quarta-feira, 22 de junho de 2016

Book Review | Life of Pi by Yann Martel

You can take this book as an alegory or a non-fiction book. You can choose to believe in what's being narrated or you can take it as a metaphor. Either way one chooses to plunge into the tale, the book is awesome.

I admit I had seen the movie, but as everyone who had read the Life of Pi told me this was not an easy story to put to film, I decided I would read it as soon as I could. I found the book in India and thought it was a great deal and a great opportunity to finally discover this author who was unknown to me.

Funny enough, Yann Martel's note at the beginning, mentioning he wanted to write a story set in Portugal, my residing country, but then moved to Bombay, in the country I was in, to write it, made believe this was indeed the right time to read Life of Pi. I was not wrong and it turns out, this book is now a favorite.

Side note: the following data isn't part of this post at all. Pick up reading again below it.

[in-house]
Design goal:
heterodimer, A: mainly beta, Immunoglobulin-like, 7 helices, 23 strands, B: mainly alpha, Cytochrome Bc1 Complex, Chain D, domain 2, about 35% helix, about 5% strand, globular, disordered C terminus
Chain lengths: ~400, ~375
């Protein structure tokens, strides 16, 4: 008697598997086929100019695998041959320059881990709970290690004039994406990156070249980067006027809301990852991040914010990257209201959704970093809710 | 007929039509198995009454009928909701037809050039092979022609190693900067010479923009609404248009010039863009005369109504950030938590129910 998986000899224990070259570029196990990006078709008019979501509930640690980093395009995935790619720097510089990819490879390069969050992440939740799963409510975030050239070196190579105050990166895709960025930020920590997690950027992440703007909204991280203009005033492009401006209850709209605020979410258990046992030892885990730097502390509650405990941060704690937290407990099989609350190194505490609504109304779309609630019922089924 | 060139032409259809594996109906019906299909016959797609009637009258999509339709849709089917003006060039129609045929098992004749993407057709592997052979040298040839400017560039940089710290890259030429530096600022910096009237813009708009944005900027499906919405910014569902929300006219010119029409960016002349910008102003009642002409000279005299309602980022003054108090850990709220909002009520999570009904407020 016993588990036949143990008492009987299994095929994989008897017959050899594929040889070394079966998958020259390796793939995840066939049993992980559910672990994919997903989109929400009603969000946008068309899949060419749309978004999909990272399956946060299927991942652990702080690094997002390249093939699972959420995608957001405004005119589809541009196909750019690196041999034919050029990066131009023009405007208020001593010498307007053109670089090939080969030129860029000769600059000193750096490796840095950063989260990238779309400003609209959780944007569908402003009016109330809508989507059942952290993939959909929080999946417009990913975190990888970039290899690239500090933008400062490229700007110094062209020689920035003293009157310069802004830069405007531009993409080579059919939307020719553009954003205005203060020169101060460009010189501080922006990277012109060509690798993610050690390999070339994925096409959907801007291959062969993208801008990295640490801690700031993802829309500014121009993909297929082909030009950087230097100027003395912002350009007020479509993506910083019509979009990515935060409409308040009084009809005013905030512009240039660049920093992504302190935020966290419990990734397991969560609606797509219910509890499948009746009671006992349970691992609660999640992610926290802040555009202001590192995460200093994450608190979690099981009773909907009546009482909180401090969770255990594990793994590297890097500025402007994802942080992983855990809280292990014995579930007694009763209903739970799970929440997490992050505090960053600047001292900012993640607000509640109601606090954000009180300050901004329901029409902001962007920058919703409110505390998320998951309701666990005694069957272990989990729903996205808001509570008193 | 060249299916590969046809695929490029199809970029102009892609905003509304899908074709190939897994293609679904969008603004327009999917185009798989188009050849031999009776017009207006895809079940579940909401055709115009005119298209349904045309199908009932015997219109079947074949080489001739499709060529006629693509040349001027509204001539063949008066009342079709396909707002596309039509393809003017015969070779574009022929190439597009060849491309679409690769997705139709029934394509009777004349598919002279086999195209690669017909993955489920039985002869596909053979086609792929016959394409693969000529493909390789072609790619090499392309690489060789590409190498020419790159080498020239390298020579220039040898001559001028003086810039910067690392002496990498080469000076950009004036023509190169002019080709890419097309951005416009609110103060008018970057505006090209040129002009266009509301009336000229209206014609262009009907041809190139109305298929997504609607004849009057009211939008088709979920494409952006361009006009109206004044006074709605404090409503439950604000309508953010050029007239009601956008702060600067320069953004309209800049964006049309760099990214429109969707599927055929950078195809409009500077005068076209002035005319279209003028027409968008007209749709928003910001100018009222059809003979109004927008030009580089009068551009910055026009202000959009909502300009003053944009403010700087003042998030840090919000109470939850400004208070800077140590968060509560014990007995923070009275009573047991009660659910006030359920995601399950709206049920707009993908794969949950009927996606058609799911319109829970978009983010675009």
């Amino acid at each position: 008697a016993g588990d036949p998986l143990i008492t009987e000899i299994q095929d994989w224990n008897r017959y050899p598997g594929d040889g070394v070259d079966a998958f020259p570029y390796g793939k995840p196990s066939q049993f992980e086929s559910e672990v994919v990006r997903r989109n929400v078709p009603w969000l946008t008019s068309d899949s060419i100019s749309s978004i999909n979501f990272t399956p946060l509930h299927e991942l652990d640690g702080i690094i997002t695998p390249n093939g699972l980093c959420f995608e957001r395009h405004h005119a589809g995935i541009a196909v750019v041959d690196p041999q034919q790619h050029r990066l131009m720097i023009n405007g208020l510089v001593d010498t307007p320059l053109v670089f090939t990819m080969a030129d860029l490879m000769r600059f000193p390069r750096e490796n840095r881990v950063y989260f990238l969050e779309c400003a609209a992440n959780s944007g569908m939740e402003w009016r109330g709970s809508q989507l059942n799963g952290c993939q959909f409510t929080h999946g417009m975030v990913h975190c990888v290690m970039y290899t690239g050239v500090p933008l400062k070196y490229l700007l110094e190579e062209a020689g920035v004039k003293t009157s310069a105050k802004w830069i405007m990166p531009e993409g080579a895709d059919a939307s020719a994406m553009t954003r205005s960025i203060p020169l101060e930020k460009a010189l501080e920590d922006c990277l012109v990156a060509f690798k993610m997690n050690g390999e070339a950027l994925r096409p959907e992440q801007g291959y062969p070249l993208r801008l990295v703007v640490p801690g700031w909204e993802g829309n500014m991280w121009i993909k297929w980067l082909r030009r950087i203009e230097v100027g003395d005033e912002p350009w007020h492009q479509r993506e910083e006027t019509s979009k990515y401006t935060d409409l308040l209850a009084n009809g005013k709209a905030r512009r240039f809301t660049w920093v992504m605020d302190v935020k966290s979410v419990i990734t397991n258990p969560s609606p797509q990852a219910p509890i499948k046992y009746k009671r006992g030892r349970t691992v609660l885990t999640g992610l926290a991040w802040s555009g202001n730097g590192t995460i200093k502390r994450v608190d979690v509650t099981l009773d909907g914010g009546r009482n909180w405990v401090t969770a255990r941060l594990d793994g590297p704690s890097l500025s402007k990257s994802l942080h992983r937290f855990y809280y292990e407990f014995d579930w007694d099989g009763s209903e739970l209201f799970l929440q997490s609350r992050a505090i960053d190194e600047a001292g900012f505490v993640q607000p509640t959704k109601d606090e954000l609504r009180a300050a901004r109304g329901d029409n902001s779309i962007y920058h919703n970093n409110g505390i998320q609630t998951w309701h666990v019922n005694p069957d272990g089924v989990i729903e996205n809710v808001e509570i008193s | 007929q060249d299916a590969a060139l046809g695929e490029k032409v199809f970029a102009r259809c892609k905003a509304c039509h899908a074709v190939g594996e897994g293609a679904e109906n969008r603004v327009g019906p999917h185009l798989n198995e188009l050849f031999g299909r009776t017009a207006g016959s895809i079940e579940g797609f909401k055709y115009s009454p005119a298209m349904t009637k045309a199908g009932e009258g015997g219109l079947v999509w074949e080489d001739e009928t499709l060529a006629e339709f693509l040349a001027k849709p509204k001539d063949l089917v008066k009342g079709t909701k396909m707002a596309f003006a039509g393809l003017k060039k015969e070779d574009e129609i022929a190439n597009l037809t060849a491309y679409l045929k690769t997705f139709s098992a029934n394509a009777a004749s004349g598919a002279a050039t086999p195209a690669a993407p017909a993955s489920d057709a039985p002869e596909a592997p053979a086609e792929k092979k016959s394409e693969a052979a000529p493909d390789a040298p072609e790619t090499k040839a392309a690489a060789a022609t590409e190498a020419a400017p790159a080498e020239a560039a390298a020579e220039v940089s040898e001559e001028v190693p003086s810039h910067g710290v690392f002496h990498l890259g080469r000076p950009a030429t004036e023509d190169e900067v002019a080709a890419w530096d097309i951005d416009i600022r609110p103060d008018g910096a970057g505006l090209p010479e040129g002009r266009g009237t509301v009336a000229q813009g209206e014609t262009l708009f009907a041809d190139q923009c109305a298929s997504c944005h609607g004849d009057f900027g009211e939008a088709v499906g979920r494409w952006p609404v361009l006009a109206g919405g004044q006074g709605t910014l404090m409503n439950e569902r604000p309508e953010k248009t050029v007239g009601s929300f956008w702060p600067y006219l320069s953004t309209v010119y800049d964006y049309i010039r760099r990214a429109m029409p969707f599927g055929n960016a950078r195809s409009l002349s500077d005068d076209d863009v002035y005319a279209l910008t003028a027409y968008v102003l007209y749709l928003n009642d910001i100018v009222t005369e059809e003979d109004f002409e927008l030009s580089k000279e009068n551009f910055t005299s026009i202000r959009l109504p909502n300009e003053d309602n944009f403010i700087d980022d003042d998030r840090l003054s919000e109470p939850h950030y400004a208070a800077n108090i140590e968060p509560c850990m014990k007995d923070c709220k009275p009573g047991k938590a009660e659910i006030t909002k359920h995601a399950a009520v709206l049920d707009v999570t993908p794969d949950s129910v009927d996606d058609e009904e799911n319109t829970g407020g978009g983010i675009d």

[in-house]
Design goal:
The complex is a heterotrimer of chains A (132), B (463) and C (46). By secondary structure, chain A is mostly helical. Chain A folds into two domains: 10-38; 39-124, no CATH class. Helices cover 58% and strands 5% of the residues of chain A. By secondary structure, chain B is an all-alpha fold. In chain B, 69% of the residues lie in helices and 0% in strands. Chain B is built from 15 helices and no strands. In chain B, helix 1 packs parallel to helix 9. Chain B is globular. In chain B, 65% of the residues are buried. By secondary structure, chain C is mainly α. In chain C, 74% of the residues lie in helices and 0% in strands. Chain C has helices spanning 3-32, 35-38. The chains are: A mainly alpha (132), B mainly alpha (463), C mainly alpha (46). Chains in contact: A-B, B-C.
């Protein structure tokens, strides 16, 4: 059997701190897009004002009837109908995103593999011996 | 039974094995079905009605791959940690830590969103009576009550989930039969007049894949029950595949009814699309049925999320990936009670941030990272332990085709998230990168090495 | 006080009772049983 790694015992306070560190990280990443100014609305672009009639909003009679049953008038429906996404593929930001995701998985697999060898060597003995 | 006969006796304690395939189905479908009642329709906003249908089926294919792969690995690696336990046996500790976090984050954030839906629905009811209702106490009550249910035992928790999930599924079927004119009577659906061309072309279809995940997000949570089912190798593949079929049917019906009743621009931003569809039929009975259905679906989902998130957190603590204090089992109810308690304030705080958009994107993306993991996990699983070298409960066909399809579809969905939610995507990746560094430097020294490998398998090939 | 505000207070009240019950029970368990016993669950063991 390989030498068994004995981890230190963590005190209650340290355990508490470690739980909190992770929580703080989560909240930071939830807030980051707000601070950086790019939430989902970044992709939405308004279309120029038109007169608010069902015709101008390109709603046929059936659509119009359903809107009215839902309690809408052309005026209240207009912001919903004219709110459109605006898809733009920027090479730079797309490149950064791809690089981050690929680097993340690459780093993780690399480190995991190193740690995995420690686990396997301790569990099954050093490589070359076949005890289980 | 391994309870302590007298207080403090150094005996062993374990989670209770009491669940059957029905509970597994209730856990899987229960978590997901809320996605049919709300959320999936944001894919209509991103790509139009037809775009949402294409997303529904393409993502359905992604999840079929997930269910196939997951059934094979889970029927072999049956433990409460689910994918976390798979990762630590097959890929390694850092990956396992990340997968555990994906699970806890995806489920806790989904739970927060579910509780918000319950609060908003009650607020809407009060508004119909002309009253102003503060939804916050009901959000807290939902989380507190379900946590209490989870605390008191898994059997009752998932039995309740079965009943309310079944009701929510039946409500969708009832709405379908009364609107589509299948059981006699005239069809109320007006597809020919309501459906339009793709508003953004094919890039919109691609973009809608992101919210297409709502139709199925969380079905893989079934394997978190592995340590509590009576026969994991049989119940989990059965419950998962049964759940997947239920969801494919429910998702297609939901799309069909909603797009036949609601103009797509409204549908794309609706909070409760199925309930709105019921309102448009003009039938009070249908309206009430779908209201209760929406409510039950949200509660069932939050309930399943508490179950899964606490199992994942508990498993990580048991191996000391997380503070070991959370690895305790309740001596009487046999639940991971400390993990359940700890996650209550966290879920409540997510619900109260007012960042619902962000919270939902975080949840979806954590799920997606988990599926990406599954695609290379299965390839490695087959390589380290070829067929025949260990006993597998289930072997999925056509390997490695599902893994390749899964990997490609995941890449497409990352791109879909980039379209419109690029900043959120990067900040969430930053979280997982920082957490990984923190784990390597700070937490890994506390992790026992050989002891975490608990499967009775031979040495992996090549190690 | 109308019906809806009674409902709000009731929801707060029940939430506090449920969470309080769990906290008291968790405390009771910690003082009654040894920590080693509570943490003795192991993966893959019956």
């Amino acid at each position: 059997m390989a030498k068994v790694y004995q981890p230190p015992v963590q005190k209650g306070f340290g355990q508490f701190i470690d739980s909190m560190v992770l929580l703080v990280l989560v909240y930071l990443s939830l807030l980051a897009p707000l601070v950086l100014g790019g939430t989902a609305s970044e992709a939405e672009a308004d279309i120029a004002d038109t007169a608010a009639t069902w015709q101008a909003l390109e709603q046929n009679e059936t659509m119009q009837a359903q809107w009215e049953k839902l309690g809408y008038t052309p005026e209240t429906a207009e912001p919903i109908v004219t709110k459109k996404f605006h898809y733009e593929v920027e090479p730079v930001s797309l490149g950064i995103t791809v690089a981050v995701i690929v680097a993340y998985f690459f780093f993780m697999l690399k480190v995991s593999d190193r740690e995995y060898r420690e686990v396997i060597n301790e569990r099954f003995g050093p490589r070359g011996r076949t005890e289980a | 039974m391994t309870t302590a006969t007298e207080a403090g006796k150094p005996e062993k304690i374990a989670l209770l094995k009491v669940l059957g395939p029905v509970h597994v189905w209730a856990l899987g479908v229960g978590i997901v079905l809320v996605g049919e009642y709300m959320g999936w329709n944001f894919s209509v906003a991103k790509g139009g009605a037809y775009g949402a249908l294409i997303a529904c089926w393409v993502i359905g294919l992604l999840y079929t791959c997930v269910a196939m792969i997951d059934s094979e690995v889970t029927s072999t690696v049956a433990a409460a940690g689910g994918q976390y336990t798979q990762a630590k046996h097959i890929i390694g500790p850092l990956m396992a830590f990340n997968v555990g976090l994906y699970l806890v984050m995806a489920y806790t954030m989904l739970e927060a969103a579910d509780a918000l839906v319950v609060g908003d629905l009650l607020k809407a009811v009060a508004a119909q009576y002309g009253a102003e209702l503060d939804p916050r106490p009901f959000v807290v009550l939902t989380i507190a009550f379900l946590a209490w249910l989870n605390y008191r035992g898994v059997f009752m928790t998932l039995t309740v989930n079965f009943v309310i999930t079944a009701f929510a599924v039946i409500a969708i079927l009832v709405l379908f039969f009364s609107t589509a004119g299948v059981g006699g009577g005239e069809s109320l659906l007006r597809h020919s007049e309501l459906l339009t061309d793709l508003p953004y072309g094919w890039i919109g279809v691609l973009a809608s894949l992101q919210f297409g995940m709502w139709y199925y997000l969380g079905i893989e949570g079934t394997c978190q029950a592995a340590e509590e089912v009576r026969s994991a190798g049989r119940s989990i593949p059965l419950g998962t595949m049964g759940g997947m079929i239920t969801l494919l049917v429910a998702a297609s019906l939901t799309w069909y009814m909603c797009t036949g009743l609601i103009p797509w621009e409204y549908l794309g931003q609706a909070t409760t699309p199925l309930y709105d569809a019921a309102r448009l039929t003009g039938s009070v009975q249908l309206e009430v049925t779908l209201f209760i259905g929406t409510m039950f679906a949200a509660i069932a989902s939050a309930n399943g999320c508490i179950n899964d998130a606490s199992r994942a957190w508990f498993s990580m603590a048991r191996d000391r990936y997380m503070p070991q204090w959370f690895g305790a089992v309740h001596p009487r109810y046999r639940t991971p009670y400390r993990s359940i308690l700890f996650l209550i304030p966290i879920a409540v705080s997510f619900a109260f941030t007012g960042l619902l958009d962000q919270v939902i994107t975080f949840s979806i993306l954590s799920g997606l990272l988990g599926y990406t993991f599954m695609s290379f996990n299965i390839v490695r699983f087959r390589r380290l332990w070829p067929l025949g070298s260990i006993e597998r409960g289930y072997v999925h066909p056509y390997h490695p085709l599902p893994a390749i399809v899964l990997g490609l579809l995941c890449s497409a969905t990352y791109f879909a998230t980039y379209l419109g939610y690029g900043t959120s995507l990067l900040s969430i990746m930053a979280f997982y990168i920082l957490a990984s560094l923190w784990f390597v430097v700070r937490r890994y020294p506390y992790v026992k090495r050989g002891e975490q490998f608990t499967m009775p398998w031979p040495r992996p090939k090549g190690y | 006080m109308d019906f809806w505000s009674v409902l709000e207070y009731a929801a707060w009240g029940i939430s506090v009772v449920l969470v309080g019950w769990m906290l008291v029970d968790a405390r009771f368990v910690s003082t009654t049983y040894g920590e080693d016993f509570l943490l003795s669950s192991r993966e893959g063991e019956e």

I loved Piscine, the main character, and his views on religion. I find it odd that in the movie they decided to include a love predicament for him, because there's no such thing in the book. Pi's only love is for God, however you want to call this God. In fact, he goes on to experience God in many ways.

The book is beautifully detailed and immersive. It was one of those books where the reader has no problem in believing. Pi tells it in a way that allows one to see it in the mind's eye and that, of course, is subjective to one's experience and beliefs. I, for one, chose to believe Richard Parker was indeed a Bengal tiger.



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